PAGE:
Tommy McDonald 510-338-8827 or Tony Newman 646-335-5384</p>
LOS ANGELES – Over a thousand activists, experts, health professionals, elected officials, students and law enforcement will gather in Los Angeles November 2-5 for the 2011 International Drug Policy Reform Conference.
Among a broad range of topics, part of the conference program will focus on the destructive impact of the drug war on Latin American and Latino communities, and the urgent need for a new and more effective approach. Several panels and roundtable discussions – featuring prominent scholars, activists, journalists, human rights defenders, peace movement leaders and current and former officials – will address the failure of current drug policies for Latin Americans and Latinos, and the possibilities for critical reforms in the future.
Topics that the conference will explore include: What can be done about the 50,000 prohibition-related deaths in Mexico since President Calderon ramped up the Mexican drug war five years ago? What is the impact of the drug war on immigrant communities in the U.S. and Latin America? Why is Colombia not a model for Mexico to follow? What reform strategies have some Latin American countries begun to pursue, and what have been the outcomes?
In conjunction with the conference, a mass protest will be held to acknowledge this year’s 40th anniversary of the war on drugs and to demand health-centered alternatives. "No More Drug War: A Rally & Concert to End the War on Drugs" is taking place Thursday, November 3rd at the Levitt Pavilion in historic MacArthur Park. Hundreds of people will gather to demonstrate against the drug war and its tragic consequences, especially the extreme violence in Mexico and California’s mass incarceration crisis.
The rally and concert will feature food, live music, spoken word artists, youth performers, and international reform leaders – most prominently Javier Sicilia, the Mexican poet who lost his son to drug war violence and who is now leading a mass movement against the drug war that brings tens of thousands to the streets of Mexico.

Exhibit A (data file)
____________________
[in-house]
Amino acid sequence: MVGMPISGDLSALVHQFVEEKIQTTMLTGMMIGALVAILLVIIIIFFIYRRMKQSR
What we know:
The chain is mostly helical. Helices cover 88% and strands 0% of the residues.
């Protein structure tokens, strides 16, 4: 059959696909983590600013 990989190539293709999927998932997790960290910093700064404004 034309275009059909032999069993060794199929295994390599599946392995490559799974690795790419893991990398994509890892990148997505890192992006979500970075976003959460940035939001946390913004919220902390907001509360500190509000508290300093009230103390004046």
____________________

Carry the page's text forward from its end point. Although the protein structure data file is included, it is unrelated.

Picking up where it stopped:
There will be more than 50 panels and roundtable discussions at the conference. For the full conference program, see: http://www.reformconference.org/program/sessions
Below is a list of program highlights that pertain to Latin America and Latinos:
1. Mexico’s Crisis and the Bi-national Movement Against the Drug War
Thursday, November 3, 2011, 3:30pm – 5:15pm, Avalon Ballroom, 3rd Floor
The war on drugs has inflicted enormous harms on Mexico in recent years, generating extreme violence, crime, corruption and human rights abuses. What is behind this drug war and what are its national and regional implications? What effects has it had on border and migrant communities? Can drug legalization change the dynamic? How can people in the US make drug policy reform efforts an integral part of supporting Mexico’s national peace and justice movement?
2. Innovations in Drug Policies and Strategies in Latin America
Friday, November 4, 2011, 11:15am – 12:45pm, Avalon Ballroom, 3rd Floor
The persistent failure of US-driven drug war strategies in Latin America has resulted in increasingly frequent and diverse calls for reform. The 2009 Latin American Commission on Drug Policy and the recent Global Commission have legitimized calls for reform, as national advocacy efforts in Brazil, Argentina, Colombia, Mexico and elsewhere gain momentum. What has been the impact of these Commissions? What are courts and national legislatures increasingly endorsing reforms? What sorts of coordination exist between national reform movements within Latin America? And what opportunities are afforded by the declining influence of the US in the region?
3. Detention, Deportation, and the Drug War: The Impact of the War on Drugs on Immigrant Rights in the U.S.
Thursday, November 3, 2011, 1:45pm – 3:15pm, Santa Barbara A/B, Lobby Level
Immigrants arrested on drug charges face not just the criminal justice system, but the immigration system as well. Tens of thousands of legal residents and other noncitizens are deported for drug law violations each year. What efforts are under way to protect immigrants from this? How are drug policy reformers and immigrant rights advocates working together – or not? How can we better understand the intersection of the drug war and immigration? And how can we effectively mitigate the harmful impacts of drug laws on immigrant communities by organizing immigrant communities around drug law reform?
4. Marijuana Policing Targets Youth of Color
Thursday, November 3, 2011, 1:45pm – 3:15pm, Emerald Bay Ballroom, 3rd Fl.
Violations of marijuana laws account for about half of all drug-related arrests in the US each year. The overwhelming majority are for possession of very small amounts for personal use. Most of those arrested are young and disproportionately nonwhite. Although few receive long sentences, they do cause social marginalization, permanent criminal records, and denial of public benefits such as financial aid for college. What’s driving these arrests? Who’s tracking this phenomenon? And what can be done about it?